Good News on Storing CO2 Underground

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Very promising news. Looks like storing carbon dioxide deep below the earth’s surface might be a safe, long-term sequestration solution. University of Leeds (they’re busy there) research found that porous sandstone, drained of oil, provides a safe reservoir for CO2. Investigator Stephanie Houston examined water pumped out with the oil and found it unexpectedly rich in silica, revealing that silicates had dissolved in the newly-injected seawater in less than a year—much faster than predicted. This is the type of reaction needed to make CO2 as stable as, say, the dissolved carbonate in still mineral water. It’s also what’s needed to prevent the captured CO2 leaking back to the surface at some future (catastrophic) date.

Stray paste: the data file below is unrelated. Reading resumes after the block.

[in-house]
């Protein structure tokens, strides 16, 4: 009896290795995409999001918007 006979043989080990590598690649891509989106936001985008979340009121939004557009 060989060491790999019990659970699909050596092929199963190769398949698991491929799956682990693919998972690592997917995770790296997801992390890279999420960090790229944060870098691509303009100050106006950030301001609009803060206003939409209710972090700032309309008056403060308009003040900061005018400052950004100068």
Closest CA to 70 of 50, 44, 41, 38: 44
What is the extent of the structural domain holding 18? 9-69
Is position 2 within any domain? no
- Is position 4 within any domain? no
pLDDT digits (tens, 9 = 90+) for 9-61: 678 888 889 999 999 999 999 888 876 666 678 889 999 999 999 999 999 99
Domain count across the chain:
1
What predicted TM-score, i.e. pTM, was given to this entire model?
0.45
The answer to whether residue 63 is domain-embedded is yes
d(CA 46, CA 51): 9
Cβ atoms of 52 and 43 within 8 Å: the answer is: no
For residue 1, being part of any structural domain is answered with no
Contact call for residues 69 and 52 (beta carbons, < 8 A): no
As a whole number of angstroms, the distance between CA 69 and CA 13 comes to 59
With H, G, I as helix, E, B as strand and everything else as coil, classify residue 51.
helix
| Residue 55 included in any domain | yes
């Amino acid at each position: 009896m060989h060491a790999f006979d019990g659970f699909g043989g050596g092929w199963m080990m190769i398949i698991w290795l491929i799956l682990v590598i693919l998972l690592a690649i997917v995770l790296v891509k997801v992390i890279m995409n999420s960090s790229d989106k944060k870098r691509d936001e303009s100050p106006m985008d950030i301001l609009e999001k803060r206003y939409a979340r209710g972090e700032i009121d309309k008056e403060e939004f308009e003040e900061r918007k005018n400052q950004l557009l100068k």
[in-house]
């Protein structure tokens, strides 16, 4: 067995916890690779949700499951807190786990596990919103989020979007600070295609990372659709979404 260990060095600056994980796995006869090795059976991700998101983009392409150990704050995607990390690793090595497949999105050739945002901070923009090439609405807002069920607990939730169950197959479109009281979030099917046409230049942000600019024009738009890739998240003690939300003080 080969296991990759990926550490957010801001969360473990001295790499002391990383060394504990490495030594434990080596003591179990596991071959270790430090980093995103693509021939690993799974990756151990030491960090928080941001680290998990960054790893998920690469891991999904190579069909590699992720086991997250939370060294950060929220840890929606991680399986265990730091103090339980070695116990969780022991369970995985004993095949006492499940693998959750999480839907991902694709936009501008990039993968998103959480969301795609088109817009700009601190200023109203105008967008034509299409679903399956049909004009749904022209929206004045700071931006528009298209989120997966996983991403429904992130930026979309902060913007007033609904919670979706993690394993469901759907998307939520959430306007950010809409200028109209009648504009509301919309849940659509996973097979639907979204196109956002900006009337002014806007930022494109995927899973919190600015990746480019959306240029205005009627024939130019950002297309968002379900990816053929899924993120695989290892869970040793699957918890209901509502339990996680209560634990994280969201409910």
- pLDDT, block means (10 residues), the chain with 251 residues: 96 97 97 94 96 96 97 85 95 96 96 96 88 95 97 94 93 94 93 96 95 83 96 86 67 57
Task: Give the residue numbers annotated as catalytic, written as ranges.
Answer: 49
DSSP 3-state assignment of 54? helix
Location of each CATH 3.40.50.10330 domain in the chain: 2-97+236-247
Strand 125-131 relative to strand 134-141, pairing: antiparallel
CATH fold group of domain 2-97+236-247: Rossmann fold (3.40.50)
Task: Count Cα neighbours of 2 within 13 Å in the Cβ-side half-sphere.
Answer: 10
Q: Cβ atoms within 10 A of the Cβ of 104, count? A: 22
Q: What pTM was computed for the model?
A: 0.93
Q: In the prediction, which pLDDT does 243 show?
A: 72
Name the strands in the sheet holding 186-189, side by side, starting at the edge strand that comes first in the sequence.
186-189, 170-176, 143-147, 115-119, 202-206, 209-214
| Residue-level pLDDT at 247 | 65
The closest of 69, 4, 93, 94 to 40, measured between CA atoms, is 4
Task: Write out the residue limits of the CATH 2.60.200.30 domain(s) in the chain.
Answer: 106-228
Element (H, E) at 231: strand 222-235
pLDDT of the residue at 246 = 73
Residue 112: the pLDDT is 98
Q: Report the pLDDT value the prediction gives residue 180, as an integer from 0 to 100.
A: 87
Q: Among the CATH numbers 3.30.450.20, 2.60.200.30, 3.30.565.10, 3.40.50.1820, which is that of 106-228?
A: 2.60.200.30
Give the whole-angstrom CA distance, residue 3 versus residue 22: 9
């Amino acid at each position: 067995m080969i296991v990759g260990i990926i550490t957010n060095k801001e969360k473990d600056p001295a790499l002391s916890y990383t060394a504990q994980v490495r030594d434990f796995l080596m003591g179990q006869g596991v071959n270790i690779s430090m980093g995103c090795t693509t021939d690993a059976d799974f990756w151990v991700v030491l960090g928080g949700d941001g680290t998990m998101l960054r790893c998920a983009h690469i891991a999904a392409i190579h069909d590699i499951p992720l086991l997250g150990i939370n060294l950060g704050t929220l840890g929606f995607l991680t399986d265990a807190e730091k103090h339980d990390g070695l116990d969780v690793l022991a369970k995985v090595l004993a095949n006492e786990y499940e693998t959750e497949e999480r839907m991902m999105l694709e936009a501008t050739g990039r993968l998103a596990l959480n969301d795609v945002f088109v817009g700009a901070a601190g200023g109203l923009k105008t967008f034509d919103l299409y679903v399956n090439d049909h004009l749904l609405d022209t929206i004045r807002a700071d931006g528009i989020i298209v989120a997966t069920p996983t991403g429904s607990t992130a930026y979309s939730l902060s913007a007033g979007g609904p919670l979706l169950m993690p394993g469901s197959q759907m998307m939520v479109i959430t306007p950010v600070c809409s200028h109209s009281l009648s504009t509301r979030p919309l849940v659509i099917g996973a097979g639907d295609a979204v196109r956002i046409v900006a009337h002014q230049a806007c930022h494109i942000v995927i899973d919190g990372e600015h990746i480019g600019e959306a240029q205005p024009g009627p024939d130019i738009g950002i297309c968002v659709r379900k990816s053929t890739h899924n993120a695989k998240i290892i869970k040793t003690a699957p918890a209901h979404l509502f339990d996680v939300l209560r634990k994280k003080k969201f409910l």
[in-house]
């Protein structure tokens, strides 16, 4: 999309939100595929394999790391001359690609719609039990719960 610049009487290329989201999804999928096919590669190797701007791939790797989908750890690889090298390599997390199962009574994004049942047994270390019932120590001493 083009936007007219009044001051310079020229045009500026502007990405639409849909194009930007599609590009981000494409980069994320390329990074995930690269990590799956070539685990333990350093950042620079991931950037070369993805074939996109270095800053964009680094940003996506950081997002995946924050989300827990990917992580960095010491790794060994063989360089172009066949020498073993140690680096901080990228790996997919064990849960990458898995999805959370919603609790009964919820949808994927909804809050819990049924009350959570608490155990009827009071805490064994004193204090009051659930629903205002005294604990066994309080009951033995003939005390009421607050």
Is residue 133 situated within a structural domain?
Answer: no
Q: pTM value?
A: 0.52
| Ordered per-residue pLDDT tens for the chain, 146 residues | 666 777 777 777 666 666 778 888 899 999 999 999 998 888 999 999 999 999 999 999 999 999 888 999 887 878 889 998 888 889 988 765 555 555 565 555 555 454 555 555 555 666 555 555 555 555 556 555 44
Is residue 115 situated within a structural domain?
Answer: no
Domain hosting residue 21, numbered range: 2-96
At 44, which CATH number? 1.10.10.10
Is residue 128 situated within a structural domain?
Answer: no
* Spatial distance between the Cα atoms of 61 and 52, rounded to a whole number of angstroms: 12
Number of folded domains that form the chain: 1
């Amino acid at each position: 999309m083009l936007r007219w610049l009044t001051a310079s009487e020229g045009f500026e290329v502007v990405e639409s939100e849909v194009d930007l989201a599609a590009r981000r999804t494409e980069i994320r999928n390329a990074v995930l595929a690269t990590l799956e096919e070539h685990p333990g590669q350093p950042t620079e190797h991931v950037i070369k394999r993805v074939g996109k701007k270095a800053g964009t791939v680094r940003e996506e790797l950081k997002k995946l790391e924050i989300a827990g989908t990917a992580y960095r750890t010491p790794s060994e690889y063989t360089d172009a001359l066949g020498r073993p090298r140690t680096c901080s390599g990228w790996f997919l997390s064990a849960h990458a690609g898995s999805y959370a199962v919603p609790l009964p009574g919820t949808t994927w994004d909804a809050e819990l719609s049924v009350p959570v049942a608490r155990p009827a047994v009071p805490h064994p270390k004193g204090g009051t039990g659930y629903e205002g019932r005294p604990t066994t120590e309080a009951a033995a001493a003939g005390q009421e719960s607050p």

Julia Whitty is Mother Jones’ environmental correspondent. You can read from her new book, The Fragile Edge, and other writings, here.

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In "It's Not a Crisis. This Is the New Normal," we explain, as matter-of-factly as we can, what exactly our finances look like, how brutal it is to sustain quality journalism right now, what makes Mother Jones different than most of the news out there, and why support from readers is the only thing that keeps us going. Despite the challenges, we're optimistic we can increase the share of online readers who decide to donate—starting with hitting an ambitious $300,000 goal in just three weeks to make sure we can finish our fiscal year break-even in the coming months.

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